• Further, the adoption of carbon farming practices may require financial assistance for farmers to overcome the costs of implementing them. 

  • In the context of developing countries like India, small-scale farmers may lack the resources to invest in sustainable land management practices and environmental services. 

  • In sum, while carbon farming holds promise as a mitigation strategy, addressing these challenges is essential to realise its full potential in combating climate change.

Global Initiatives

  • In recent years, the practice of carbon trading in the agriculture sector has become important around the world, but especially in the U.S., Australia, New Zealand, and Canada, where voluntary carbon markets have emerged

  • Initiatives like the Chicago Climate Exchange and the Carbon Farming Initiative in Australia demonstrate efforts to incentivise carbon mitigation activities in agriculture. 

  • The processes range from no-till farming (growing crops without disturbing the soil) to reforestation and pollution reduction.

  • Initiatives like Kenya’s Agricultural Carbon Project, which has the World Bank’s support, also highlight the potential for carbon farming to address climate mitigation and adaptation and food security challenges in economically developing countries.

  • The launch of the ‘4 per 1000’ initiative during the COP21 climate talks in 2015 in Paris highlights the particular role of sinks in mitigating greenhouse-gas emissions

  • As the oceans and the atmosphere are filled with carbon, and they approach their saturation points, we must manage the remaining carbon budget of 390 billion tonnes or so wisely

Opportunities in India

  • As climate change intensifies, climate-resilient and emission-reducing agricultural practices can benefit from adaptation strategies. 

  • Grassroots initiatives and pioneering agrarian research in India are demonstrating the viability of organic farming to sequester carbon

  • In this regard, agro-ecological practices in India could yield significant economic benefits, with the potential to generate $63 billion in value from approximately 170 million hectares of arable land.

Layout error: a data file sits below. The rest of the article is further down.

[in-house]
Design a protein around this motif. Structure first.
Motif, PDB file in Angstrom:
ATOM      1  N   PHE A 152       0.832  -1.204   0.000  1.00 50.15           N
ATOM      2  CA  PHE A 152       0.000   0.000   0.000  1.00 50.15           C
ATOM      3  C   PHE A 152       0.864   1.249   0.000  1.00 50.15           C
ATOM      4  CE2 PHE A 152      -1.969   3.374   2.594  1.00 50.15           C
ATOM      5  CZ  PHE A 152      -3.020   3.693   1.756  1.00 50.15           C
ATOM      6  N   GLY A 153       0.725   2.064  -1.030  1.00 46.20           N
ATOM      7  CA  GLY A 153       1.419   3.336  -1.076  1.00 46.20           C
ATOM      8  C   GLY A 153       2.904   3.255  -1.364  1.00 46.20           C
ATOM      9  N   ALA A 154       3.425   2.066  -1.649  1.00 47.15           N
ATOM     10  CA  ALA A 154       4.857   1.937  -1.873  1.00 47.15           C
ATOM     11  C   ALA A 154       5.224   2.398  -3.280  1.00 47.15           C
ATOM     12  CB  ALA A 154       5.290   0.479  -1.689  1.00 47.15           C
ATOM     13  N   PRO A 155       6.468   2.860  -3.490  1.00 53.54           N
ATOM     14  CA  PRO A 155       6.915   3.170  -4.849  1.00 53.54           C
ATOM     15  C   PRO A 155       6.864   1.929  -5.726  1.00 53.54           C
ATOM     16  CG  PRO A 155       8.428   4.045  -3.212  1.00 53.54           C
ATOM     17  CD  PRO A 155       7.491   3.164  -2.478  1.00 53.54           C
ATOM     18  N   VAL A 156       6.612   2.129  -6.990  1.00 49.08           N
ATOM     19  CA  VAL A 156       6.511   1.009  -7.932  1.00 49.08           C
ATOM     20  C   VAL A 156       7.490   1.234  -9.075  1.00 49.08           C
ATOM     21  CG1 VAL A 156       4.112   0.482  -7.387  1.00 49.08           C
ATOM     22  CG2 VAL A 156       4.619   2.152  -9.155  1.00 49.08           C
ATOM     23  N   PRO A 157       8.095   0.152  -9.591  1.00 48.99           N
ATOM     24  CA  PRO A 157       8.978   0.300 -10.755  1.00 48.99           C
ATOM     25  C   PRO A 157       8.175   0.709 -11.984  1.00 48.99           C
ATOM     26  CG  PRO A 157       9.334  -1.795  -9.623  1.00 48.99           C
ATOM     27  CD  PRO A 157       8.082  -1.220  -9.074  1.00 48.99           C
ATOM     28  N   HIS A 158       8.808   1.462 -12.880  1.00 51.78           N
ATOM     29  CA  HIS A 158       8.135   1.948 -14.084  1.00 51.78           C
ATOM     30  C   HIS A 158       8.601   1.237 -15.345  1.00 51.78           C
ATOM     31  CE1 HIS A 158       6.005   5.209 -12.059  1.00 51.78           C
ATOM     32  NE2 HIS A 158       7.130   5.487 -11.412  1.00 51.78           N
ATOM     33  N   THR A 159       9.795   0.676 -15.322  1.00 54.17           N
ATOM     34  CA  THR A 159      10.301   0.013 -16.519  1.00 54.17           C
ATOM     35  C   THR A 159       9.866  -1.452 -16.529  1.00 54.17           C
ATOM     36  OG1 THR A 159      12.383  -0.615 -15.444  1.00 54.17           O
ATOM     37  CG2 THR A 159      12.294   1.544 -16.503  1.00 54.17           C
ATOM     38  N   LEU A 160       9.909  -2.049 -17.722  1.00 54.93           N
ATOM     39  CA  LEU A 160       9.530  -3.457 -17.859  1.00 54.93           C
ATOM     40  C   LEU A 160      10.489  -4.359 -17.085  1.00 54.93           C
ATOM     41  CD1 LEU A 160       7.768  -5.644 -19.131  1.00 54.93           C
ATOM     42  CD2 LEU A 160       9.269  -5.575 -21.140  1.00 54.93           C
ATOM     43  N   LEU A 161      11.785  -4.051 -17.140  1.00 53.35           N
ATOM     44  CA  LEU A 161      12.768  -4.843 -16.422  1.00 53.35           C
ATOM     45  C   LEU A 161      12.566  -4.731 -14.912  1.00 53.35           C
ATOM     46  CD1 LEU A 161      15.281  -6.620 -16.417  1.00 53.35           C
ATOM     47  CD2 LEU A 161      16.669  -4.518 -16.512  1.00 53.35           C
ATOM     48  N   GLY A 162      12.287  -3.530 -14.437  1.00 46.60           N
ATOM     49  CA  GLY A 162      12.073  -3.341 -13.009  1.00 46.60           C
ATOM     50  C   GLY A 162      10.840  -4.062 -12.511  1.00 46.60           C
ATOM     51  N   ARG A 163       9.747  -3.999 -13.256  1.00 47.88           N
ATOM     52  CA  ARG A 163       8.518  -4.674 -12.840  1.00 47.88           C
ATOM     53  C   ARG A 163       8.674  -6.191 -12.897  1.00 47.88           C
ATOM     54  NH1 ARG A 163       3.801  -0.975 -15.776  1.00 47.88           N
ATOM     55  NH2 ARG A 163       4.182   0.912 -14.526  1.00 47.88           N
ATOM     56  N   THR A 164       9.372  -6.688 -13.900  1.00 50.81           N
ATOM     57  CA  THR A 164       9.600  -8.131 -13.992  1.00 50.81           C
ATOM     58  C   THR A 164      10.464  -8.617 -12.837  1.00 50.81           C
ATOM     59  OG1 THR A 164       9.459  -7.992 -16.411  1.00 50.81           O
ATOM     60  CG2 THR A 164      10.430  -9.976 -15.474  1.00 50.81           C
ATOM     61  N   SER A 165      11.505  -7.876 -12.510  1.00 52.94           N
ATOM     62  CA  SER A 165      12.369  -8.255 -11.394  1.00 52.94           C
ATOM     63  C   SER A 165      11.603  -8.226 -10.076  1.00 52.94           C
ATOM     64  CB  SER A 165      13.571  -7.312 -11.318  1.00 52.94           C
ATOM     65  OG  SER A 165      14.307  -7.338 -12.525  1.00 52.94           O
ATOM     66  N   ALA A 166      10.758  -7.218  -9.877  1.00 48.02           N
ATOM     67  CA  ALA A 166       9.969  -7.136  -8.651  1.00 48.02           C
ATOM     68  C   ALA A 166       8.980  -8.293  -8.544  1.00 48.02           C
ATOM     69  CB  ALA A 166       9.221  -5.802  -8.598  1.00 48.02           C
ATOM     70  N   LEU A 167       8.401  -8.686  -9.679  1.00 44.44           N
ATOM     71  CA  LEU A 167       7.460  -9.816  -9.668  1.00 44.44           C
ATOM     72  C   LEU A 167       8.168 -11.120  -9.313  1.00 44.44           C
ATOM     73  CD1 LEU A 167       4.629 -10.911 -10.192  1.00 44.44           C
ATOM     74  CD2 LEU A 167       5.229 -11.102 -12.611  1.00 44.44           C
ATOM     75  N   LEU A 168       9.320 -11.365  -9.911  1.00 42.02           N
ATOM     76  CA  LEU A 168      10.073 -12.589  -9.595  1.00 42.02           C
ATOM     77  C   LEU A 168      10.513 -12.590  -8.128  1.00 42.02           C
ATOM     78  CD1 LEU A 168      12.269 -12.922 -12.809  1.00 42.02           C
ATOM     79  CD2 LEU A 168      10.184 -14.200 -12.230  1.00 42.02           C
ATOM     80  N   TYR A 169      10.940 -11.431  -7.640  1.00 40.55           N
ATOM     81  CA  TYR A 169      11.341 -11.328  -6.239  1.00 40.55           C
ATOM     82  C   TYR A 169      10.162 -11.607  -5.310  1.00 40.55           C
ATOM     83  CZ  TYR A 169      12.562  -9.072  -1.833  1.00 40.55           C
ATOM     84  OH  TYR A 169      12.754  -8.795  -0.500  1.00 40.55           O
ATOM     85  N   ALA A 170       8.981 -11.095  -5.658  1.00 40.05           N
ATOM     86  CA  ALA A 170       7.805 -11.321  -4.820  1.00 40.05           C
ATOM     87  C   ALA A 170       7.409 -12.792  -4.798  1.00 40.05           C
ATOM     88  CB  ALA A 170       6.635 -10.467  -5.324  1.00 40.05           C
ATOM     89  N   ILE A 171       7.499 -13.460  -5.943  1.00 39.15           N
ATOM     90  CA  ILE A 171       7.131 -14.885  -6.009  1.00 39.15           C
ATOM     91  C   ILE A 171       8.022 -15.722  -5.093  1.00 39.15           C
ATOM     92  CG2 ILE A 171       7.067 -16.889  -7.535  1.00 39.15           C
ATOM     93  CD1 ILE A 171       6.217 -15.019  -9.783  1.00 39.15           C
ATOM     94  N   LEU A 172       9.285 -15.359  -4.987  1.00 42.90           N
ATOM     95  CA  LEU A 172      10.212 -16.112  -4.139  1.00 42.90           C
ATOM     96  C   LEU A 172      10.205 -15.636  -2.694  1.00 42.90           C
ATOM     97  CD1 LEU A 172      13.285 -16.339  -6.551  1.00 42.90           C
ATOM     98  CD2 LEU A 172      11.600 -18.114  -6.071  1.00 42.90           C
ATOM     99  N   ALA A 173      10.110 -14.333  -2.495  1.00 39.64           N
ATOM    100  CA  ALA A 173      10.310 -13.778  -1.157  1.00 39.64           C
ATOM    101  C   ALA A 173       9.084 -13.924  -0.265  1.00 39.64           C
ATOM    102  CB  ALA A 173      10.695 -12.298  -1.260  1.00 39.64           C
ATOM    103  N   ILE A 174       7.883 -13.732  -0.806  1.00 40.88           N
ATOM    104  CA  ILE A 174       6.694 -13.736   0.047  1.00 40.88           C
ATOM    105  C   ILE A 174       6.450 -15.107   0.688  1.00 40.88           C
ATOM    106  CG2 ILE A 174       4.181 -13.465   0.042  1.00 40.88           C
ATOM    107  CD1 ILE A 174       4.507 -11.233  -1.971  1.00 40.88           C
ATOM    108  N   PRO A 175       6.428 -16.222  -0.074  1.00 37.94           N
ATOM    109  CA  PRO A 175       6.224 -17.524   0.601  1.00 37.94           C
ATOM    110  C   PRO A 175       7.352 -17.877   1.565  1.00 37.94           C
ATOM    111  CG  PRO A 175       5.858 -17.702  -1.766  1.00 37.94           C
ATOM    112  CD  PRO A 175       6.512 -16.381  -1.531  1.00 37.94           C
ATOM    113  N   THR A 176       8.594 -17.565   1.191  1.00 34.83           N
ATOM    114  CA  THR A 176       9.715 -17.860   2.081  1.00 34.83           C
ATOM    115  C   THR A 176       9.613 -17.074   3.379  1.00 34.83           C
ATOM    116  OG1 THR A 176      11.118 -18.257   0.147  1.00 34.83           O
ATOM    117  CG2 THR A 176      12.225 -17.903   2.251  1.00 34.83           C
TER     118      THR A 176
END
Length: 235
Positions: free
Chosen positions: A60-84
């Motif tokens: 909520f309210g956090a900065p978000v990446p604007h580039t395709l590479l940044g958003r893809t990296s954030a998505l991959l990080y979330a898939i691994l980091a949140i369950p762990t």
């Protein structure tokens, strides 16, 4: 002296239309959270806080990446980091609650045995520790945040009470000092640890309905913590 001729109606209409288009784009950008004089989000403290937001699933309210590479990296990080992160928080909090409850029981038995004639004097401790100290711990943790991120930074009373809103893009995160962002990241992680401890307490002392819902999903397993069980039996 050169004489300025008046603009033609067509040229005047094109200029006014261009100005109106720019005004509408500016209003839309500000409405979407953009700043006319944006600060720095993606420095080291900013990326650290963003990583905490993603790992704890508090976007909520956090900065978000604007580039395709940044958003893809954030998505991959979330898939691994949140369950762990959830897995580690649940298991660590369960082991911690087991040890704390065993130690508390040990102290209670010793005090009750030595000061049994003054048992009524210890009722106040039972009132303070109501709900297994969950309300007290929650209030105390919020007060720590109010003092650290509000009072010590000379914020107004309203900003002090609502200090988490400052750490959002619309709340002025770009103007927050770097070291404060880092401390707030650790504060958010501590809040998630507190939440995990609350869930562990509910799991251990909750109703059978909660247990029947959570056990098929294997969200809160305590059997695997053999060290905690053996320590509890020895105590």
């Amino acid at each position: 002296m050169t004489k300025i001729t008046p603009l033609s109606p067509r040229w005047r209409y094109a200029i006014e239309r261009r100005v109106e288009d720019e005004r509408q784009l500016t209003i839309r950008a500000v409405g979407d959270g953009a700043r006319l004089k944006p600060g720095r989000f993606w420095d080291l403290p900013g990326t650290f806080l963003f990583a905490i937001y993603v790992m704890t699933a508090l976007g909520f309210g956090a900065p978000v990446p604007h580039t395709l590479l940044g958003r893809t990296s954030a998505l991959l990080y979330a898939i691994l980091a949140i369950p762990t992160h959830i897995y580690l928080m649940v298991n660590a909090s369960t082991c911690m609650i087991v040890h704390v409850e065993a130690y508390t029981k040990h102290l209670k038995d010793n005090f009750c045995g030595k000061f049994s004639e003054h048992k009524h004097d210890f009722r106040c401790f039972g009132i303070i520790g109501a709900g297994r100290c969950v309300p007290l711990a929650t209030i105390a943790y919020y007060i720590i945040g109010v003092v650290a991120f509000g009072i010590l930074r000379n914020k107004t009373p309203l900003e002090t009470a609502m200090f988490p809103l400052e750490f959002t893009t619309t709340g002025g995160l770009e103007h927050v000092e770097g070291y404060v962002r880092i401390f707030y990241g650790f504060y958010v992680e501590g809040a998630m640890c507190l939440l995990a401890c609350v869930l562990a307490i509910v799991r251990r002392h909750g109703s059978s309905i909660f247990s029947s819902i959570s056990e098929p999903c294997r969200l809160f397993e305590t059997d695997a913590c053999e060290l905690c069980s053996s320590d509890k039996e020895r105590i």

• This estimate includes an annual payment of around ₹5,000-6,000 per acre for farmers to provide climate services by adopting sustainable agricultural practices.

  • Regions with extensive agricultural land, such as the Indo-Gangetic plains and the Deccan Plateau, are well suited to adopt carbon farming whereas the mountainous terrain of the Himalayan region is less so

  • Coastal areas are prone to salinisation and have limited access to resources, thus limited the adoption of traditional farming practices.

  • Further, carbon credit systems can incentivise farmers by providing additional income through environmental services. 

  • Studies have shown agricultural soils can absorb 3-8 billion tonnes of CO2-equivalent every year over 20-30 years

  • This capacity can bridge the gap between feasible emissions reductions and the indispensable stabilisation of the climate

  • So carbon farming could also be a sustainable strategy to mitigate climate change and enhance food security in India.

  • But scaling it up requires concerted efforts to address several challenges, including limited awareness, inadequate policy support, technological barriers, and an enabling adoption environment

  • Yet promoting carbon farming is in India’s interests — to mitigate climate change while improving soil health, enhancing biodiversity, and creating economic opportunities for its adopters



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Learnerz IAS | Concept oriented UPSC Classes in Malayalam: Carbon Farming UPSC NOTE
Carbon Farming UPSC NOTE
Learnerz IAS | Concept oriented UPSC Classes in Malayalam